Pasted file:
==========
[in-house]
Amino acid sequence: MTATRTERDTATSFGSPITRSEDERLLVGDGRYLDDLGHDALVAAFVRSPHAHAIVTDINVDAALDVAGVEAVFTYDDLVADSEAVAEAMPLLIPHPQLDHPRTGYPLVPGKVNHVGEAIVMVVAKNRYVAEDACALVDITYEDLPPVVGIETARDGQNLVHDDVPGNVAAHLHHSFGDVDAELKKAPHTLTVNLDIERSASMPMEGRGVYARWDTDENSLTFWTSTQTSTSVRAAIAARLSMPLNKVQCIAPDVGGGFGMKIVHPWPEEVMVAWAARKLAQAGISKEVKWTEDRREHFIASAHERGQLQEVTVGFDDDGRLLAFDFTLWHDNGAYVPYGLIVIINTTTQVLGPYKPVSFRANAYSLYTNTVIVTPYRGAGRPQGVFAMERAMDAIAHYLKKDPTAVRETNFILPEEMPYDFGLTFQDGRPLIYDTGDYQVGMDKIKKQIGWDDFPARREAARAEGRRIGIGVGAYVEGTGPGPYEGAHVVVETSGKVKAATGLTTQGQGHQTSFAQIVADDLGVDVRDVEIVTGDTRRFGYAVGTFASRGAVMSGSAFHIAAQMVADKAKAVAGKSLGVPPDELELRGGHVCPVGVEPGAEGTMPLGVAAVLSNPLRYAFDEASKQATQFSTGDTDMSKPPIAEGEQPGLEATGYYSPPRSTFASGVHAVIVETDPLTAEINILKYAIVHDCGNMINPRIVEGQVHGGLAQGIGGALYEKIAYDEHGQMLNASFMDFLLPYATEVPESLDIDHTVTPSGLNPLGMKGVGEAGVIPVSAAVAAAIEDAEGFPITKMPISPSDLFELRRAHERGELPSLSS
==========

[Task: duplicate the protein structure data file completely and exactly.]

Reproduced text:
[in-house]
Amino acid sequence: MTATRTERDTATSFGSPITRSEDERLLVGDGRYLDDLGHDALVAAFVRSPHAHAIVTDINVDAALDVAGVEAVFTYDDLVADSEAVAEAMPLLIPHPQLDHPRTGYPLVPGKVNHVGEAIVMVVAKNRYVAEDACALVDITYEDLPPVVGIETARDGQNLVHDDVPGNVAAHLHHSFGDVDAELKKAPHTLTVNLDIERSASMPMEGRGVYARWDTDENSLTFWTSTQTSTSVRAAIAARLSMPLNKVQCIAPDVGGGFGMKIVHPWPEEVMVAWAARKLAQAGISKEVKWTEDRREHFIASAHERGQLQEVTVGFDDDGRLLAFDFTLWHDNGAYVPYGLIVIINTTTQVLGPYKPVSFRANAYSLYTNTVIVTPYRGAGRPQGVFAMERAMDAIAHYLKKDPTAVRETNFILPEEMPYDFGLTFQDGRPLIYDTGDYQVGMDKIKKQIGWDDFPARREAARAEGRRIGIGVGAYVEGTGPGPYEGAHVVVETSGKVKAATGLTTQGQGHQTSFAQIVADDLGVDVRDVEIVTGDTRRFGYAVGTFASRGAVMSGSAFHIAAQMVADKAKAVAGKSLGVPPDELELRGGHVCPVGVEPGAEGTMPLGVAAVLSNPLRYAFDEASKQATQFSTGDTDMSKPPIAEGEQPGLEATGYYSPPRSTFASGVHAVIVETDPLTAEINILKYAIVHDCGNMINPRIVEGQVHGGLAQGIGGALYEKIAYDEHGQMLNASFMDFLLPYATEVPESLDIDHTVTPSGLNPLGMKGVGEAGVIPVSAAVAAAIEDAEGFPITKMPISPSDLFELRRAHERGELPSLSS